Article Text

PDF

Comment on ‘Practical advice for avoidance of pain associated with insertion of intrauterine contraceptives’
  1. John Guillebaud, FRCSEd, FRCOG
  1. Emeritus Professor of Family Planning and Reproductive Health, University College London, London, UK; j.guillebaud{at}lineone.net

Statistics from Altmetric.com

I fully endorse reducing anxiety, ‘verbal anaesthesia’, the skill of the health care provider (HCP) and having a ‘chatty’ assistant present: these are essential but not always sufficient. As the Bahamondes et al. 1 review states, around 17% of nulliparous and 11% of parous women report pain that is ‘severe’. If given freedom to say so, a further group of women reports pretty nasty discomfort. In our own study2 38% of subjects reported their insertion pain as very or moderately distressing, whereas their doctor reported it as ‘mild’ or ‘minimal’!

Picture the scene, repeated intermittently anywhere that intrauterine contraceptives (IUCs) are inserted. The client is relaxed, appears an ideal candidate, the right ambience and skills are all there. Yet, the moment holding forceps are applied (whatever the design, it is a myth that Judd-Allis tenaculums are especially benign), she yelps with pain. Importantly, for this minority of women, this sharp somatic pain seems then to worsen the whole experience including later (cramping) pains.

The authors quoting a Cochrane Review3 say that “pharmacological strategies” fail to show “clear evidence that pain is significantly reduced during or after routine IUC placement”. Yet two double-blind randomised studies2 ,4 were not evaluated, totalling 190 women. With tolfenamic acid 200 mg three times a day started post-insertion, significantly reduced (p<0.01) spasmodic pain was reported in the subsequent 24 hours4; and measured by visual analogue scales (VAS), there was significant post-insertion pain reduction at 10 minutes with mefenamic acid 500 mg given 60 minutes pre-insertion.2 Moreover, the “absence of proof” from other good studies cited in the Cochrane Review3 cannot be “proof of absence” of benefit by non-steroidal anti-inflammatory drugs (NSAIDS) for prostaglandin-related pain.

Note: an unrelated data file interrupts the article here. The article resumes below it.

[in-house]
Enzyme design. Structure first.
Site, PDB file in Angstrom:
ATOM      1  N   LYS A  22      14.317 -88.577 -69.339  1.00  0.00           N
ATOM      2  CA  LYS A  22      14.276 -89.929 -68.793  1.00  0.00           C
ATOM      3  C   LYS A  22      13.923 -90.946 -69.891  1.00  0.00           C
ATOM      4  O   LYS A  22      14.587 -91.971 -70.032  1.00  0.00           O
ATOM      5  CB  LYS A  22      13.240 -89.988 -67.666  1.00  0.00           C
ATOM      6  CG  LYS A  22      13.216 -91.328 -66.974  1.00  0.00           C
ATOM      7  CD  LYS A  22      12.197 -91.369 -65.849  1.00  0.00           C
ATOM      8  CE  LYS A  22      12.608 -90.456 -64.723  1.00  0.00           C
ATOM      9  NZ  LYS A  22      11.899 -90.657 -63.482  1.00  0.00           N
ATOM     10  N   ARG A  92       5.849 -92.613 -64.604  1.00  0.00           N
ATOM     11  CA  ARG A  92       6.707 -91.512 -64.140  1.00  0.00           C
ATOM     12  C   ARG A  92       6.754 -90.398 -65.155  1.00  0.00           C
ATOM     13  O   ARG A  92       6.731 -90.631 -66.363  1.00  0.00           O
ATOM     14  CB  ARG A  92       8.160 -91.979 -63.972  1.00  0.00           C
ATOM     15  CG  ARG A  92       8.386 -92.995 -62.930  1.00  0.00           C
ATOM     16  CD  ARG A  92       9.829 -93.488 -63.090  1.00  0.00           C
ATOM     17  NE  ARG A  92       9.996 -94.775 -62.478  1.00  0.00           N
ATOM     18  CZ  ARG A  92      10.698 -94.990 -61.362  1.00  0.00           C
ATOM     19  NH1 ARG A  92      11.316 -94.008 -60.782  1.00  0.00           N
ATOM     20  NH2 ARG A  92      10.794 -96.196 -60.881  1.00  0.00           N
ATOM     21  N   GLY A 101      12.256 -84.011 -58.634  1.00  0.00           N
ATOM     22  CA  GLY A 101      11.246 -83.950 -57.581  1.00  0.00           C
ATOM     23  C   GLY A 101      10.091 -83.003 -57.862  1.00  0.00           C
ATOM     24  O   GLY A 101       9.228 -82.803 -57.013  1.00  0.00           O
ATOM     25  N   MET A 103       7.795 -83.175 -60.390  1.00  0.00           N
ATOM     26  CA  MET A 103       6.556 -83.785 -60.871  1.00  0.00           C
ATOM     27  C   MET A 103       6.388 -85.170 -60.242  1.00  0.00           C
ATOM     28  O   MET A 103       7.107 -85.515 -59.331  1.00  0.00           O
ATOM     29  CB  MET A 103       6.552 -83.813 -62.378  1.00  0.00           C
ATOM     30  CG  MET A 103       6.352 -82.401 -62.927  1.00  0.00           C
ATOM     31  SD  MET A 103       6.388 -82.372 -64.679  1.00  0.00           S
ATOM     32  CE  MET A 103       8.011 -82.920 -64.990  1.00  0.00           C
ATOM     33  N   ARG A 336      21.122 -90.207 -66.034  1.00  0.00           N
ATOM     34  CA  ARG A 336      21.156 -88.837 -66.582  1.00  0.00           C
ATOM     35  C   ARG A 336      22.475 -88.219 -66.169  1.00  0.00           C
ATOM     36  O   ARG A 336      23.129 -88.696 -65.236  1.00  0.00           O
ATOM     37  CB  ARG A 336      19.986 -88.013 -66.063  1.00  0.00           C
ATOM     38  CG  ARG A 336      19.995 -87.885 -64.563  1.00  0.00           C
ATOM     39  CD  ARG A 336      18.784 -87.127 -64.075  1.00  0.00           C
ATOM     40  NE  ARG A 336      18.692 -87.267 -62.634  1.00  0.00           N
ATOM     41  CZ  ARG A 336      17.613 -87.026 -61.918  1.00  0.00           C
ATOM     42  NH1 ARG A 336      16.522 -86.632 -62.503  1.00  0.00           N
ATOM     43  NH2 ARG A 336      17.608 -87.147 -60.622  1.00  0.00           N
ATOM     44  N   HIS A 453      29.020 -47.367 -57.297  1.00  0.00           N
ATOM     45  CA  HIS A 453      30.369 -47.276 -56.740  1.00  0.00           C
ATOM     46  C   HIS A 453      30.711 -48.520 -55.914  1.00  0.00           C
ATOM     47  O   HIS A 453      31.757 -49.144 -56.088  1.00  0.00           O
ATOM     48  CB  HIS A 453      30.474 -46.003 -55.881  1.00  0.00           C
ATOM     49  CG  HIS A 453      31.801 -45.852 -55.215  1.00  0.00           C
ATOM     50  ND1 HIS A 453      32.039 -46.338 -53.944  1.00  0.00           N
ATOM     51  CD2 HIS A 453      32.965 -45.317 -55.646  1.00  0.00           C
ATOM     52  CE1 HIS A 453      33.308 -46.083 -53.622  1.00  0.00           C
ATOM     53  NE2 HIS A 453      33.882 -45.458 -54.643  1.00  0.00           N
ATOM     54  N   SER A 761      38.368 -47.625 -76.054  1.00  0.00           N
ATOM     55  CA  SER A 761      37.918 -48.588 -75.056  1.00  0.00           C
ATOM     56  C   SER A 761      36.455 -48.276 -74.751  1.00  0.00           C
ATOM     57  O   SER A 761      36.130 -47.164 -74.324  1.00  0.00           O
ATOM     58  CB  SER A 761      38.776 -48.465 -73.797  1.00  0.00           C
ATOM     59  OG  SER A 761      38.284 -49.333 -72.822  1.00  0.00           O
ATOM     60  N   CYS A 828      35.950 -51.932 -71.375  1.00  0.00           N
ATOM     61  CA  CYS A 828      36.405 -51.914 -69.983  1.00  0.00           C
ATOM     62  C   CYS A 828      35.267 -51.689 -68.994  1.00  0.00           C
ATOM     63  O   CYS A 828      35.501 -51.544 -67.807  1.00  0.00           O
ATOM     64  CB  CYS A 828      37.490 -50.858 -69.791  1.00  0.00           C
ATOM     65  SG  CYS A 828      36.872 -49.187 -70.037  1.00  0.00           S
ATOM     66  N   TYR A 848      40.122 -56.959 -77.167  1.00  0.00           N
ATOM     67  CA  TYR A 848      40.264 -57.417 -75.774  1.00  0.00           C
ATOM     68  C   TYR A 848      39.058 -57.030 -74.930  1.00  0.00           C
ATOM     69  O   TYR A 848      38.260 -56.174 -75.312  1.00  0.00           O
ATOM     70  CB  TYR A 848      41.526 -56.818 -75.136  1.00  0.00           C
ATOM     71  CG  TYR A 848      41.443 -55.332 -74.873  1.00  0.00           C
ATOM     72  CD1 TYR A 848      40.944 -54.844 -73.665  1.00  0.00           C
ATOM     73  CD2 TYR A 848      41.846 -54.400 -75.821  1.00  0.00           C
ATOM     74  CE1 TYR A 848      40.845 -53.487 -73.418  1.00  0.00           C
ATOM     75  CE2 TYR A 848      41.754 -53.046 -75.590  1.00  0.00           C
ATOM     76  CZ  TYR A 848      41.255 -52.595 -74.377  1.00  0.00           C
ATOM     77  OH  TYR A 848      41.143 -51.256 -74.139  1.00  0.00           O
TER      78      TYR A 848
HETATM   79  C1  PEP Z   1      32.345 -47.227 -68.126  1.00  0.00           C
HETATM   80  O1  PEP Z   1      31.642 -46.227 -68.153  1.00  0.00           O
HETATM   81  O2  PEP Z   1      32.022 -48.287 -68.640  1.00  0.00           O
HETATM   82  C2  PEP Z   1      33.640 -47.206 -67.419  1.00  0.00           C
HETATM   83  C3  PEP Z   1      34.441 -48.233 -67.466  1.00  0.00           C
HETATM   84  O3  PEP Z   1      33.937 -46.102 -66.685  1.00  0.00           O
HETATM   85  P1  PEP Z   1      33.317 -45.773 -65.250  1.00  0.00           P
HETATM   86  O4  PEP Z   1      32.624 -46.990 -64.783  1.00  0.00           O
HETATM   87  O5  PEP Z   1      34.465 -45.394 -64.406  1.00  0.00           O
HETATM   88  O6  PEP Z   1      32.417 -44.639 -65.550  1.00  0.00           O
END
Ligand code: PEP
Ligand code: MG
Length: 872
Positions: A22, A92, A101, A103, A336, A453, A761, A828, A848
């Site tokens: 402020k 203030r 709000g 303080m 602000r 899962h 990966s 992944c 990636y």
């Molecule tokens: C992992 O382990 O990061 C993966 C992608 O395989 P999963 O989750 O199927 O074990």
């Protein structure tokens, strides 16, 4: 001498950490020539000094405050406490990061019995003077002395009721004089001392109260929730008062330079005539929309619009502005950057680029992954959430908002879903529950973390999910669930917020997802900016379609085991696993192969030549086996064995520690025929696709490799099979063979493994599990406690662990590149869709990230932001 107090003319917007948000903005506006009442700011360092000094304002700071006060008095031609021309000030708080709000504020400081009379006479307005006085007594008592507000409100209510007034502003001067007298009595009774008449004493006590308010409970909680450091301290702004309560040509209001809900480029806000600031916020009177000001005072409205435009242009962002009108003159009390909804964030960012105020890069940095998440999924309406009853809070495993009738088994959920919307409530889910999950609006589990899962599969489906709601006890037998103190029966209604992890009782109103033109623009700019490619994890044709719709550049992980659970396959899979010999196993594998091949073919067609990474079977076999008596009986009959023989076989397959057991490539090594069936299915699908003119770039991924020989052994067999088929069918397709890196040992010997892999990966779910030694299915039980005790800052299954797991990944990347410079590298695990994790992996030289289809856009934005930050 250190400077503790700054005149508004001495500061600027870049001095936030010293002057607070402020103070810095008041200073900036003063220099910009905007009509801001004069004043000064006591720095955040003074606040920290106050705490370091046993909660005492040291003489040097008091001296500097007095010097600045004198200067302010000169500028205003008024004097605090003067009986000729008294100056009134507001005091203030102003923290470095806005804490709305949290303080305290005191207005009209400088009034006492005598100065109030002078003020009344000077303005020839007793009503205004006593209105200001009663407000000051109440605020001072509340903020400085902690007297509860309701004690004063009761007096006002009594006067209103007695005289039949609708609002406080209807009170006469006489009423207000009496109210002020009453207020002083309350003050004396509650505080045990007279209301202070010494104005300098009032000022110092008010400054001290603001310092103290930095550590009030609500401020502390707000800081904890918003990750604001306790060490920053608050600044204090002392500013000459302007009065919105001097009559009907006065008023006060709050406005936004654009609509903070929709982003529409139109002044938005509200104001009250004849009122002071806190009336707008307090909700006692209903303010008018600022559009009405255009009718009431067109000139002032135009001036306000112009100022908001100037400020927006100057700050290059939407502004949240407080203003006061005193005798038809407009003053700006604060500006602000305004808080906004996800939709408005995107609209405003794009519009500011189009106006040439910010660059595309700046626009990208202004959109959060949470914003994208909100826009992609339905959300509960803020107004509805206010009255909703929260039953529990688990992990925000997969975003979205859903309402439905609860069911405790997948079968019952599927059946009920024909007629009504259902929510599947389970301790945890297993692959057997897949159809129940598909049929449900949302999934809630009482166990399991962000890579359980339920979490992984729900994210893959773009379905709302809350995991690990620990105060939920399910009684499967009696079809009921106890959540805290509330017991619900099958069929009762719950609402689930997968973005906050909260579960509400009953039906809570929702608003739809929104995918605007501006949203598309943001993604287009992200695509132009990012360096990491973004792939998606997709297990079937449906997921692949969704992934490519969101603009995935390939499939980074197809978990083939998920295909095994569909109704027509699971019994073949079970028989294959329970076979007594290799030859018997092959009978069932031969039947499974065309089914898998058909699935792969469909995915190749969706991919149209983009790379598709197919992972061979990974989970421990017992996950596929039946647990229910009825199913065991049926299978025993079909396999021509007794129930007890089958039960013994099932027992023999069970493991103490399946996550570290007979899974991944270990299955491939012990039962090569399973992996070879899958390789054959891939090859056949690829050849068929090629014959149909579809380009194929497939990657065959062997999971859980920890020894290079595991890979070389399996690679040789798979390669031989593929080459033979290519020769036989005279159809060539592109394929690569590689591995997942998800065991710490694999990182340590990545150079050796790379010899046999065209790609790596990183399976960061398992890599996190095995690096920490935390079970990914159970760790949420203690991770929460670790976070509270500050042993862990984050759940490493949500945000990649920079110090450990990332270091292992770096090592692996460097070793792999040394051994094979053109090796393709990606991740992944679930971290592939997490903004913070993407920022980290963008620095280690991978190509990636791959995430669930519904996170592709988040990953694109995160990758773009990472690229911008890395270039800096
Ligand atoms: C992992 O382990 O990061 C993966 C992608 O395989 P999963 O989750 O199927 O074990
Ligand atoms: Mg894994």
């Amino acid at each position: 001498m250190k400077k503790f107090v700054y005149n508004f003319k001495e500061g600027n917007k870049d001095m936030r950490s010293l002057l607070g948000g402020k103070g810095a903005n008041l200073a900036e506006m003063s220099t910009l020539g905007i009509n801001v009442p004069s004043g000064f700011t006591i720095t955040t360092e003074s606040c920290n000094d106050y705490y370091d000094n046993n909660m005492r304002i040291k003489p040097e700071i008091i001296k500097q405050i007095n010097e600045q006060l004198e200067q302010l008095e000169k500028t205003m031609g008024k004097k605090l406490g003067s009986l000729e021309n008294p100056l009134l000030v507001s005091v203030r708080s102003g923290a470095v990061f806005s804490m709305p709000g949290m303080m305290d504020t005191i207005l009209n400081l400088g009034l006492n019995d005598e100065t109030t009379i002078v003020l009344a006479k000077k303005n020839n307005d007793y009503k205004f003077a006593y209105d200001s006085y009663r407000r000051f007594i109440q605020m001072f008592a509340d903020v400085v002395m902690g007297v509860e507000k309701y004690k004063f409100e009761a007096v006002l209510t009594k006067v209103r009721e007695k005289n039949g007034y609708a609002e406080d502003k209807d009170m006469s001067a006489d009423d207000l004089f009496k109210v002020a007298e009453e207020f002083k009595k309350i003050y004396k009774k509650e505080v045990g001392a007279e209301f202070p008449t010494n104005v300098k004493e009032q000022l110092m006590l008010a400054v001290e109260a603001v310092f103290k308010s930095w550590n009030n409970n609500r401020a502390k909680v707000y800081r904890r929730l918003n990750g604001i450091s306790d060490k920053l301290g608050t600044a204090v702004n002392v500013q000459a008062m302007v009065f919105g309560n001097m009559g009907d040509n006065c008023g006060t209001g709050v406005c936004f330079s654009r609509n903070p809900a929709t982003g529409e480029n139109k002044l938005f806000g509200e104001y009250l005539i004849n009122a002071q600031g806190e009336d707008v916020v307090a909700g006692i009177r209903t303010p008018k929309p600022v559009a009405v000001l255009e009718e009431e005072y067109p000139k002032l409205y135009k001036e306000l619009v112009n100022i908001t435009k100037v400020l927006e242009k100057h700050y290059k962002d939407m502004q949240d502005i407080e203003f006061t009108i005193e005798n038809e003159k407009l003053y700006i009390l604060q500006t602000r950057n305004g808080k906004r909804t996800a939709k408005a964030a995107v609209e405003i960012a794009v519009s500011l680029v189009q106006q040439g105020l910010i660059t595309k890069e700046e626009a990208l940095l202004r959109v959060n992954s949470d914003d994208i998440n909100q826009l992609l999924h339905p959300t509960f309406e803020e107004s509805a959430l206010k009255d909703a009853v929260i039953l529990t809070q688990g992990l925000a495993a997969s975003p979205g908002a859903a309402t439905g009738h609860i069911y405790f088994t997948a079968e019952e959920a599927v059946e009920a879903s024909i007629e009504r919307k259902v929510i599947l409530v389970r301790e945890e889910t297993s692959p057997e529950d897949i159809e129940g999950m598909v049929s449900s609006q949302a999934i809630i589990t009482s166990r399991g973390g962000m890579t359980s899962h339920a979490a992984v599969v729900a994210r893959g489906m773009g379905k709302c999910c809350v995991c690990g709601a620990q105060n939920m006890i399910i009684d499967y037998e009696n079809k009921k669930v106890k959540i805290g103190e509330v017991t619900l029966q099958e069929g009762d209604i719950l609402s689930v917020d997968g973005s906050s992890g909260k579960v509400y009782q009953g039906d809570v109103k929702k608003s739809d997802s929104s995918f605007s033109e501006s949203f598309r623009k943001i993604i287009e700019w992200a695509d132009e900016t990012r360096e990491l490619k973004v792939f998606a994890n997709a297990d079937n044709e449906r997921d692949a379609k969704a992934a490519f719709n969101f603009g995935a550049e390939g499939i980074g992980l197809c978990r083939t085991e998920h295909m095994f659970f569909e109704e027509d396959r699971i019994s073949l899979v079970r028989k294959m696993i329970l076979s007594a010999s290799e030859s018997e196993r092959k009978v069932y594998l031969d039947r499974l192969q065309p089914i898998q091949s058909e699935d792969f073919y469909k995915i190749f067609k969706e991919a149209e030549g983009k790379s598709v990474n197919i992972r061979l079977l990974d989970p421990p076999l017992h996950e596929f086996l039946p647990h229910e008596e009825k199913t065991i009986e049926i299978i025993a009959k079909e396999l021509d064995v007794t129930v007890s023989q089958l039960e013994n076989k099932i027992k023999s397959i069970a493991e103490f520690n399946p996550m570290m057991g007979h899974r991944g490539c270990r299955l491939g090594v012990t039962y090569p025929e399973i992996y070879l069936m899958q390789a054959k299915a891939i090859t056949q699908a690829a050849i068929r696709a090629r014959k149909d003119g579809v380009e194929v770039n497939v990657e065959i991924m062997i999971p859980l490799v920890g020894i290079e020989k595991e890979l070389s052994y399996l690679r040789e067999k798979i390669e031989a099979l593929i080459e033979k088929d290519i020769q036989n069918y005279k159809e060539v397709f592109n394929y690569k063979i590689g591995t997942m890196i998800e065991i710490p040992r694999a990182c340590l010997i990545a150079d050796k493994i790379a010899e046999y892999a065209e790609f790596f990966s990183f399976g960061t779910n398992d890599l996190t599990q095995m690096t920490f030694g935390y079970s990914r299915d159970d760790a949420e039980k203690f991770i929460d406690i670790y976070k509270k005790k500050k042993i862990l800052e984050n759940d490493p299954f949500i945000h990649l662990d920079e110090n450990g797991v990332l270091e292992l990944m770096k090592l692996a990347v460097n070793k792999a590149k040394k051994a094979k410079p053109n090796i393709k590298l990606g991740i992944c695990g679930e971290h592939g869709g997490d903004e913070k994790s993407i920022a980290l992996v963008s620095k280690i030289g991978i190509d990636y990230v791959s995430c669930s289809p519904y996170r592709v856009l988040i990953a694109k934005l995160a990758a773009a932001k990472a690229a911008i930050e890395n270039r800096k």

For the unpredictably severe tenaculum pain, the problem is wide individual variation; and neither study2 ,4 demonstrated benefit by NSAIDs. What about local anaesthesia? This has indeed only been evaluated for other gynaecological procedures. But so what, if that well-defined pain is produced identically? Robinson et al. 5 reported in a double-blind randomised controlled trial that hysterosalpingography subjects receiving a 1% lidocaine cervical block totalling 6 ml had significantly less pain (p<0.001) measured by VAS from tenaculum placement, compared with a placebo intracervical saline injection group and a no-injection group. Another single-blind study, admittedly too recent for Bahamondes et al. to cite, randomised 74 women. Those receiving 2 ml 1% lidocaine at the 12 o'clock position had lower mean pain levels by VAS at tenaculum placement (p<0.001) than the controls receiving 2% lidocaine gel topically.6

Anaesthetists maintain it is more effective to pre-empt most pains than to try to remove them when present, and lower total analgesic doses are required. My teaching pending more data – based on available literature, clinical experience and a desire to give the woman the benefit of the doubt about how much pain she will have – is that premedication with an NSAID of the HCP's choice about 40 minutes beforehand should be routinely offered to everyone: unless rejected or contraindicated. Everyone should also be offered a 1 ml dose of plain lidocaine 1% or prilocaine 4%, injected at 12 o'clock slowly through the finest available needle, 1–2 minutes ahead of the tenaculum . This reliably prevents the tenaculum causing pain. Women are of course welcome to reject this offer too, but one group never does so: those women who have previously experienced severe tenaculum pain, who also find the 1 ml injection negligibly painful in comparison. (NB. Full cervical anaesthesia is quite different, reserved for the cases described in the Bahamondes et al. review.)

Finally, to minimise pain at IUC insertion there is a much-overlooked opportunity with many other advantages, namely just after surgical termination of pregnancy: given the already-present local or general anaesthesia. Misgivings about expulsion rates and infections are without foundation.7 This should be the norm, with of course full counselling well beforehand and, again, easy opt-out.

References

View Abstract

Footnotes

  • Competing interests None.

Request permissions

If you wish to reuse any or all of this article please use the link below which will take you to the Copyright Clearance Center’s RightsLink service. You will be able to get a quick price and instant permission to reuse the content in many different ways.